Mar 26, 2006

Piercing the Flesh

What does God think about body piercings and tattoos? Lev. 19:28 says "Ye shall not make any cuttings in your flesh for the dead, nor print any marks upon you: I am the LORD." What does "for the dead" mean? I can just see a teenager saying that this body piercing is not "for the dead," it's for me! Although the current trend of body piercings and tattoos is not "for the dead," it is always interesting to me to see how something originated - for the glory of God or was it orchestrated by Satan? When we go back to the roots of customs, traditions, and even holidays, we are often shocked by how they got started. I will post plenty of these on this blog here and there!

So we can clearly see that cutting the flesh, which could mean any number of things, did not begin for the glory of God. And this verse is quite clear on God's stance on tattoos. What about body piercings? Are they "cuttings in your flesh?" "Marks?" They could arguably be in either or both categories, but is that convincing enough for a teenager? This verse is too vague to use as a "Thou shalt not..."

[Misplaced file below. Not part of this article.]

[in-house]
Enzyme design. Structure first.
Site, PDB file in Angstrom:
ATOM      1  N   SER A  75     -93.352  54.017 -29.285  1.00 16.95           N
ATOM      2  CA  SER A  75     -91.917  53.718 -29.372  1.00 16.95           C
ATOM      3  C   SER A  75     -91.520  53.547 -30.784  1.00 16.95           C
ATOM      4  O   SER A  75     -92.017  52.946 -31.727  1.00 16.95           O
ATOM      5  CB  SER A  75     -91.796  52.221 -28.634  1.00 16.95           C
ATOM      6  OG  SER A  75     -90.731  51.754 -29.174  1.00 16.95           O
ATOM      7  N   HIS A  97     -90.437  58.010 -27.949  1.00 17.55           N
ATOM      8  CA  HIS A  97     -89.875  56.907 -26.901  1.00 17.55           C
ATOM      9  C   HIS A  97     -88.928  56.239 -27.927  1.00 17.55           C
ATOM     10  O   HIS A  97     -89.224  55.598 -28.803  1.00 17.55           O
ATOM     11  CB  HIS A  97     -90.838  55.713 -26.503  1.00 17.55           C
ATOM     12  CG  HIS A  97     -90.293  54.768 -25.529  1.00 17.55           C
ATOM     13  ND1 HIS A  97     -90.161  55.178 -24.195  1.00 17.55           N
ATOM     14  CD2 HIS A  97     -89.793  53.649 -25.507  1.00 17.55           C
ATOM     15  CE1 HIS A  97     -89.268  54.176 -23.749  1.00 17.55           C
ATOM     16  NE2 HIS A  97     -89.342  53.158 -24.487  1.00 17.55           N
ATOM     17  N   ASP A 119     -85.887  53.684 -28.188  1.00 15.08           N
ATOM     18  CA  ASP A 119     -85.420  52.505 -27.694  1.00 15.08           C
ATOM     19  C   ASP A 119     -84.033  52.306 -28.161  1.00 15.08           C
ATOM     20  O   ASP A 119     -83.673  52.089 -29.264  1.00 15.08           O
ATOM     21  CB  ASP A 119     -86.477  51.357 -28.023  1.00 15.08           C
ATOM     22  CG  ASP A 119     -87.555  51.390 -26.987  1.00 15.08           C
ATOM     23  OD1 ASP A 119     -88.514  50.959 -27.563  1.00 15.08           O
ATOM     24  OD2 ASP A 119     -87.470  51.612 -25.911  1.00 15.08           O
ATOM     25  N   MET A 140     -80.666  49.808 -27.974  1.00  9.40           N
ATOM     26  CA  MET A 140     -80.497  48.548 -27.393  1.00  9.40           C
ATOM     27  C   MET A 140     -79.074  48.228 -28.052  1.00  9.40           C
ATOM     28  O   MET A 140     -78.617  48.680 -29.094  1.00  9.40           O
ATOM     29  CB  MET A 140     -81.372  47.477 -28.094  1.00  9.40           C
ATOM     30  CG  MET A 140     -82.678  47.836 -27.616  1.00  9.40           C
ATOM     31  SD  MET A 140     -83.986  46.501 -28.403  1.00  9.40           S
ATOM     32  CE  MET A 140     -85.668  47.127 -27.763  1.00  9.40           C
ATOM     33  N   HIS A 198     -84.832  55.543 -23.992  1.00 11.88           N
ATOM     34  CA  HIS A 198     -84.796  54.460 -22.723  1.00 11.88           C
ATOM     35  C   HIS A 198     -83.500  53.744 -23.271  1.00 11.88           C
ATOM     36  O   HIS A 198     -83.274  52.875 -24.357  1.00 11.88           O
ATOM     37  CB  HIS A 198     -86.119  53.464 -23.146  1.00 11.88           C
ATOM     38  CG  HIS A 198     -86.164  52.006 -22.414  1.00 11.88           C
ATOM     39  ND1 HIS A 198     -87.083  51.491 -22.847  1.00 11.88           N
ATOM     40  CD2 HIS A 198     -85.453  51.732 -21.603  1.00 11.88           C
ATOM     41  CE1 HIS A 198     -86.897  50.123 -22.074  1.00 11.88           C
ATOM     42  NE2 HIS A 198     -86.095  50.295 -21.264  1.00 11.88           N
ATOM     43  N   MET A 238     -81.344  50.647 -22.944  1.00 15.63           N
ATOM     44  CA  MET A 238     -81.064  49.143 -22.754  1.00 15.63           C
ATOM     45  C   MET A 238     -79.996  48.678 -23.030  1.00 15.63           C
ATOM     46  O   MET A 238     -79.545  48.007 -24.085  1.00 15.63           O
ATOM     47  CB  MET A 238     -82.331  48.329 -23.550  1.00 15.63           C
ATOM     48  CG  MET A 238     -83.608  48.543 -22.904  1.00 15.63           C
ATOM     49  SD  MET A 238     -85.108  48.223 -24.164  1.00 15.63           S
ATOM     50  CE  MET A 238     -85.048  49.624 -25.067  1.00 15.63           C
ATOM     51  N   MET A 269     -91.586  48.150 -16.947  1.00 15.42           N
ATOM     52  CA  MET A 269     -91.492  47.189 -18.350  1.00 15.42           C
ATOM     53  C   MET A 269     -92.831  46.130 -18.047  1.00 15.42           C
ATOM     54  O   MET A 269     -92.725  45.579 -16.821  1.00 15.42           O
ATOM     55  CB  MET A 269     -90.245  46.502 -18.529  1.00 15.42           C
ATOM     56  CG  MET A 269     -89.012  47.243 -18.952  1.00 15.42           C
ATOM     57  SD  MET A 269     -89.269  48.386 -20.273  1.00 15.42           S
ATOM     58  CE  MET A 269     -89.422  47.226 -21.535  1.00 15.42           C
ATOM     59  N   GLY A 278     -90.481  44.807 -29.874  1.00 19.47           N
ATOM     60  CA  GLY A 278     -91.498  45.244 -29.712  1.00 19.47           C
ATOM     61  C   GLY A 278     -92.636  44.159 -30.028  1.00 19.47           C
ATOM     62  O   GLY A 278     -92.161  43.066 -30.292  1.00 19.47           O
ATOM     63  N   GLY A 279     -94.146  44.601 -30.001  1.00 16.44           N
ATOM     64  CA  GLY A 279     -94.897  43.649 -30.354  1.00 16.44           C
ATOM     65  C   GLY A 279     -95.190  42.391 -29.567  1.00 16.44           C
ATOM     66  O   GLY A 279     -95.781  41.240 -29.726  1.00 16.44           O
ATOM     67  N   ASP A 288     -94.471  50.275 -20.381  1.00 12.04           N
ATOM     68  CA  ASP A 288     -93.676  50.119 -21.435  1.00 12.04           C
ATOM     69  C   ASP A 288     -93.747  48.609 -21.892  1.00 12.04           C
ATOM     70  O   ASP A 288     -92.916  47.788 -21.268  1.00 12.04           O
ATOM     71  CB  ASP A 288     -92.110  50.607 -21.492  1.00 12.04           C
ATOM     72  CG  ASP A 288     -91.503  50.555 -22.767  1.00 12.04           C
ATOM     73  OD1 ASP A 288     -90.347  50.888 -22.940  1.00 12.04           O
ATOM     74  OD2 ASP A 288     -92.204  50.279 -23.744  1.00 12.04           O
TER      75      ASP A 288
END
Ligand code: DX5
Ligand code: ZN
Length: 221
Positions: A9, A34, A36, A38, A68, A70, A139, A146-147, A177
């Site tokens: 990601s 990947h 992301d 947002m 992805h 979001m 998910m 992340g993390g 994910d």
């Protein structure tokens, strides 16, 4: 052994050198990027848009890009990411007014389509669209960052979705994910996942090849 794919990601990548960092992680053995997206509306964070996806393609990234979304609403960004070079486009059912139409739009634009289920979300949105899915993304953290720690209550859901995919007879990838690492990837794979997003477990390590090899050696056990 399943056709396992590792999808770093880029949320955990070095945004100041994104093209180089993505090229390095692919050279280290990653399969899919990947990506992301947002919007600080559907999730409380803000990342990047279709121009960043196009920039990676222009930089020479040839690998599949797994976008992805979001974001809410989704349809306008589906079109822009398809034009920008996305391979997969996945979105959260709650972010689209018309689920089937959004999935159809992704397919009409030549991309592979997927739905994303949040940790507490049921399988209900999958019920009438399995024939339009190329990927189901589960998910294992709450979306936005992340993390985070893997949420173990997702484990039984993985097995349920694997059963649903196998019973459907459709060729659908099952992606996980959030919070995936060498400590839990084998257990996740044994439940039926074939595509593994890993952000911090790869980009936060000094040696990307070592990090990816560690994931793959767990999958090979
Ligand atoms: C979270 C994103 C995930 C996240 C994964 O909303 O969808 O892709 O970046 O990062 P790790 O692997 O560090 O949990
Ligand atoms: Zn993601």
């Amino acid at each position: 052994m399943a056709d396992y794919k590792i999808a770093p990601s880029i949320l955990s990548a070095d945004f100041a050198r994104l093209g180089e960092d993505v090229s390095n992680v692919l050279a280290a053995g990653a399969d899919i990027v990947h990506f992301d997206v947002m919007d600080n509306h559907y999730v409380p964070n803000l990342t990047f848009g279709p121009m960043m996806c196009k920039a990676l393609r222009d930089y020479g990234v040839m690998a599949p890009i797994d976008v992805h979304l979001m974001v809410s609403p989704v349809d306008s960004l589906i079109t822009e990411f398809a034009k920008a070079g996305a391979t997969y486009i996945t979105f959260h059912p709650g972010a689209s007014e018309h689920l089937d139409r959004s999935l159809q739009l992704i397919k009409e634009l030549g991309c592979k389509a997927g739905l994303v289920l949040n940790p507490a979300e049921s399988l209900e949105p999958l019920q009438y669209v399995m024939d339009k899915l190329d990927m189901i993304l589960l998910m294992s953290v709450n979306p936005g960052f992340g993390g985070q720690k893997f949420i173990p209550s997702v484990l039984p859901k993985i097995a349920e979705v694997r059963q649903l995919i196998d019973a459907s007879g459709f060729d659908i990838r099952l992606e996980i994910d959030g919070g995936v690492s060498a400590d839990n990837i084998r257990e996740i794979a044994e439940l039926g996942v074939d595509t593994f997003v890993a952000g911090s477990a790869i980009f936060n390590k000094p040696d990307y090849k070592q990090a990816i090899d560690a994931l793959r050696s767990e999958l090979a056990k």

Thus I shall return to a couple of my favorite verses to answer the question of God's view on body piercings (this is other than a simple ear piercing, which is beautifying to a woman if she wears modest earrings). "Or do you not know that your body is the temple of the Holy Spirit who is in you, whom you have from God, and you are not your own? For you were bought at a price; therefore glorify God in your body and in your spirit, which are God’s." I Cor. 6:19, 20 "Whatever you do, do all to the glory of God." I Cor. 10:31

Is this body piercing glorifying to God? Am I doing this for the glory of God, or for the glory of self? What is my motivation? Would this please Jesus?


Diane Isler said...

What a timely post! I was just talking with a potential new member to our church who is having great difficulty with the fact that one of our childcare workers (Mother's Day Out and Sunday School teacher) recently got a lip ring and a tattoo. This is a 30-year-old woman, not a teenager! I myself have been at a loss as to how to respond. Your post speaks God's word clearly at just the right time!